A Change to Capital Gains

by Jay Pestrichelli on September 24th, 2012

In the weekend Wall Street Journal there was an opinion about the impact of a change to capital gains titled A Capital Gains Primer.  If you missed it, it essentially made the case that the long-term capital gains rate increase would be harmful for the economy.  It outlines the linkage of tax rates and capital investments, job creation, and the lack of accountability for inflation. The article is worth a read as we approaching the fiscal cliff. 

This accelerated our thinking about what the impact of the expiration of the Busch tax-cuts will have on the market. And while there are multiple impacts to consider, consider that the President is proposing raising the long-term capital gains tax from 15% to 23.8% for those making more than $250k and to 30% for those earning $1 million a year.  

Let’s take out the political aspect of this for a moment and concentrate on the hard reality of what goes through the mind of an investor. In our book Buy and Hedge, Immutable law #5: The Taxman Cometh, reminds us that what really matters is what you make AFTER taxes are paid. If an investor is going to pay fewer taxes on an investment selling before 2013, then there is going to be a bias to selling before 2013. Simple logic tells us that we should expect a higher than usual amount of selling activity at the end of the year.

There’s a naturally higher amount of selling in December already due to those looking to book losses to offset gains. This is normal behavior and we actual encourage it. With options we can keep the same position through synthetic positions and still take the tax losses. An example of a synthetic long stock position is buying a call and selling a put at the same time at the same strikes. By selling stock that you took a loss on during the year, and creating a synthetic position, you can avoid the wash sale rule and book the tax benefits.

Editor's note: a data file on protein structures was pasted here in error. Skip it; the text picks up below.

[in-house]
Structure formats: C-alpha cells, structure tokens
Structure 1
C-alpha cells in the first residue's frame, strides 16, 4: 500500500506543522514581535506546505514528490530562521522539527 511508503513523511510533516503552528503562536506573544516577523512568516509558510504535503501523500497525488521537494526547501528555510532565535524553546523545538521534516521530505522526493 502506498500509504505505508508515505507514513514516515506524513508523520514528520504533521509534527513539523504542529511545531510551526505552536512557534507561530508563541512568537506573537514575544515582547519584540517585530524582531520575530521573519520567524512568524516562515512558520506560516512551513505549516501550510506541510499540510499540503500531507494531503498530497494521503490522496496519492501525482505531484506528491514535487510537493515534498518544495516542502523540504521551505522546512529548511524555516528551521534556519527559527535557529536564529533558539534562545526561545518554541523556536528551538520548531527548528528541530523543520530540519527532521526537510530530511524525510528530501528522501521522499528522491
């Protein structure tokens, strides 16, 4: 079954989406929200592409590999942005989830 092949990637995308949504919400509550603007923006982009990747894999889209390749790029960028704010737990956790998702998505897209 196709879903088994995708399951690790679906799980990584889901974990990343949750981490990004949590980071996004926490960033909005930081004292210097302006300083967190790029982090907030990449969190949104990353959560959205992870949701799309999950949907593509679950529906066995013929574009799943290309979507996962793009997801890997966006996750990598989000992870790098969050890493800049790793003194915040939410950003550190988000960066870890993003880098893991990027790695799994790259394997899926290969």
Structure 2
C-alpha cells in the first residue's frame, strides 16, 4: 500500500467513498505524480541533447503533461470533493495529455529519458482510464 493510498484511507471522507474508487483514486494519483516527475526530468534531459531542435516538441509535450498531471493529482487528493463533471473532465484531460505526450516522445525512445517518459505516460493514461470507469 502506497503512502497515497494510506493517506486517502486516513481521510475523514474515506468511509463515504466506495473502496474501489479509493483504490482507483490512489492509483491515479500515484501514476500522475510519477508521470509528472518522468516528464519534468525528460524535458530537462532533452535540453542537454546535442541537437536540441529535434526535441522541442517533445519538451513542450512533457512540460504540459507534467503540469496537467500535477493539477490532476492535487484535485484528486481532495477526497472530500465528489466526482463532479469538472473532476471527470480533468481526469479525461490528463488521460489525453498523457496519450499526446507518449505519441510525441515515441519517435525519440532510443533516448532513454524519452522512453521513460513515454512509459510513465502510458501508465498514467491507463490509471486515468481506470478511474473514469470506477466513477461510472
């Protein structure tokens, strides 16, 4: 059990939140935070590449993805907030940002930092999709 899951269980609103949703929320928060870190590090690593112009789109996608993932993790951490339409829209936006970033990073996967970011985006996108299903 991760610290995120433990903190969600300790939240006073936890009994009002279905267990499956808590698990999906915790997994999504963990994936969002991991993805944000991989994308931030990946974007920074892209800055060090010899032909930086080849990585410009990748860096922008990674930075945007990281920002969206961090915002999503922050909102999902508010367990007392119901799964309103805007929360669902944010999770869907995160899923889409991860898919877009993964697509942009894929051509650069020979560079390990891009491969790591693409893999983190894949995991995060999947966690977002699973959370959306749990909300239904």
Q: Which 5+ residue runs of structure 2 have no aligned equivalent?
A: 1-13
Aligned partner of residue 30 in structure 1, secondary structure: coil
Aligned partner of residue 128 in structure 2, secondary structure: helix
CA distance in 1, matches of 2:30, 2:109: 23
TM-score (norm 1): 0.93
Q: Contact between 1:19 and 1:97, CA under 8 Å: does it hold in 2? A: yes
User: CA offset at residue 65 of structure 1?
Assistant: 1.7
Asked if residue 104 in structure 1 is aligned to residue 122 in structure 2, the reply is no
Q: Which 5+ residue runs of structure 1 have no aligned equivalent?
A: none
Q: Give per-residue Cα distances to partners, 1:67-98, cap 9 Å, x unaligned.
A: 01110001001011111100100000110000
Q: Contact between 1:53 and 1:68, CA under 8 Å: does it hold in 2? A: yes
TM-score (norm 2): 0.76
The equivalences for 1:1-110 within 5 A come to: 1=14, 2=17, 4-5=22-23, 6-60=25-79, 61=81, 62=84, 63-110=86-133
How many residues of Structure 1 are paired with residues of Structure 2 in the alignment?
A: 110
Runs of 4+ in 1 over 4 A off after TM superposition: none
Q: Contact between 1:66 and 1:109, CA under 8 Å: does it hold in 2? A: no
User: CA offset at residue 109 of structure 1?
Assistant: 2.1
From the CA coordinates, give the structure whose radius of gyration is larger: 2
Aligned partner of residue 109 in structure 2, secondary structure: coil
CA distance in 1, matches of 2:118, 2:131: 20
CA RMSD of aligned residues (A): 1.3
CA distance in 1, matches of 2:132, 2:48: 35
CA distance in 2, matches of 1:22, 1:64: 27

However, we now throw into the mix that holders of large amounts of stocks may look to sell while they can get a lower tax rate on their long-term gains.  So now there are sellers with gains, and sellers with losses. I guess the only ones incented not to sell are investors that are flat. We believe this can cause downward pressure towards the last month of the year and can potentially stall the rally.

Let’s not forget that dividends are also going to fall into this higher tax rate. That can mean the pressure could be higher in those high-dividend stocks that have done so well this year.  We have heard rumors that in advance of this tax change possibility, some companies may do one-time large dividends to keep investors in their stocks longer and to take advantage one last time of the lower rate, so expect wild swings not usually seen in these equities.

Bottom line, you can just add this to the many reasons why the market will wait until after the election to decide which way it will move and finish the year. 


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